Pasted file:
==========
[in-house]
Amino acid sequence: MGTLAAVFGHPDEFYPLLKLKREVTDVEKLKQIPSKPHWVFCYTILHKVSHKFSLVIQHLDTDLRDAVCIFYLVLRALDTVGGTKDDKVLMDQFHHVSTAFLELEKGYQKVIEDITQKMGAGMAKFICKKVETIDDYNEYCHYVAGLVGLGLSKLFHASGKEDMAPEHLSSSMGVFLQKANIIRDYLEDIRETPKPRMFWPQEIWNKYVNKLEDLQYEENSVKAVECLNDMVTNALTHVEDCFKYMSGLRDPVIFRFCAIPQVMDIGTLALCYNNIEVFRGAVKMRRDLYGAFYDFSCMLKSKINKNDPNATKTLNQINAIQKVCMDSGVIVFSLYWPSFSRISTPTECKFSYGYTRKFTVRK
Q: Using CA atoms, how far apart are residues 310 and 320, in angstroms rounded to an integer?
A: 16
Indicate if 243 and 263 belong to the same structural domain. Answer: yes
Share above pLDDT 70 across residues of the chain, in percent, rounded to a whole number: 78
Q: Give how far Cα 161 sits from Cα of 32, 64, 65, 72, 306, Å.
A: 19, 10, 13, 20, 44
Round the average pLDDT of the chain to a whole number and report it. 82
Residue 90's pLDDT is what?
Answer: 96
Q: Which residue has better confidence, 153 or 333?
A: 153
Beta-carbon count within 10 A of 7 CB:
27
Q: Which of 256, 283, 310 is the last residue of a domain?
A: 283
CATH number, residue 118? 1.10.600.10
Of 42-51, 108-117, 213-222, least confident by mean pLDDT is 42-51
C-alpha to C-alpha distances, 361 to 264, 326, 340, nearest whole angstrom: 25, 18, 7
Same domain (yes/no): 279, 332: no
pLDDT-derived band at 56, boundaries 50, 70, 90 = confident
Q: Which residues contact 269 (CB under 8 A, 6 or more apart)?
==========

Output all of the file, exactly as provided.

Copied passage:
[in-house]
Amino acid sequence: MGTLAAVFGHPDEFYPLLKLKREVTDVEKLKQIPSKPHWVFCYTILHKVSHKFSLVIQHLDTDLRDAVCIFYLVLRALDTVGGTKDDKVLMDQFHHVSTAFLELEKGYQKVIEDITQKMGAGMAKFICKKVETIDDYNEYCHYVAGLVGLGLSKLFHASGKEDMAPEHLSSSMGVFLQKANIIRDYLEDIRETPKPRMFWPQEIWNKYVNKLEDLQYEENSVKAVECLNDMVTNALTHVEDCFKYMSGLRDPVIFRFCAIPQVMDIGTLALCYNNIEVFRGAVKMRRDLYGAFYDFSCMLKSKINKNDPNATKTLNQINAIQKVCMDSGVIVFSLYWPSFSRISTPTECKFSYGYTRKFTVRK
Q: Using CA atoms, how far apart are residues 310 and 320, in angstroms rounded to an integer?
A: 16
Indicate if 243 and 263 belong to the same structural domain. Answer: yes
Share above pLDDT 70 across residues of the chain, in percent, rounded to a whole number: 78
Q: Give how far Cα 161 sits from Cα of 32, 64, 65, 72, 306, Å.
A: 19, 10, 13, 20, 44
Round the average pLDDT of the chain to a whole number and report it. 82
Residue 90's pLDDT is what?
Answer: 96
Q: Which residue has better confidence, 153 or 333?
A: 153
Beta-carbon count within 10 A of 7 CB:
27
Q: Which of 256, 283, 310 is the last residue of a domain?
A: 283
CATH number, residue 118? 1.10.600.10
Of 42-51, 108-117, 213-222, least confident by mean pLDDT is 42-51
C-alpha to C-alpha distances, 361 to 264, 326, 340, nearest whole angstrom: 25, 18, 7
Same domain (yes/no): 279, 332: no
pLDDT-derived band at 56, boundaries 50, 70, 90 = confident
Q: Which residues contact 269 (CB under 8 A, 6 or more apart)?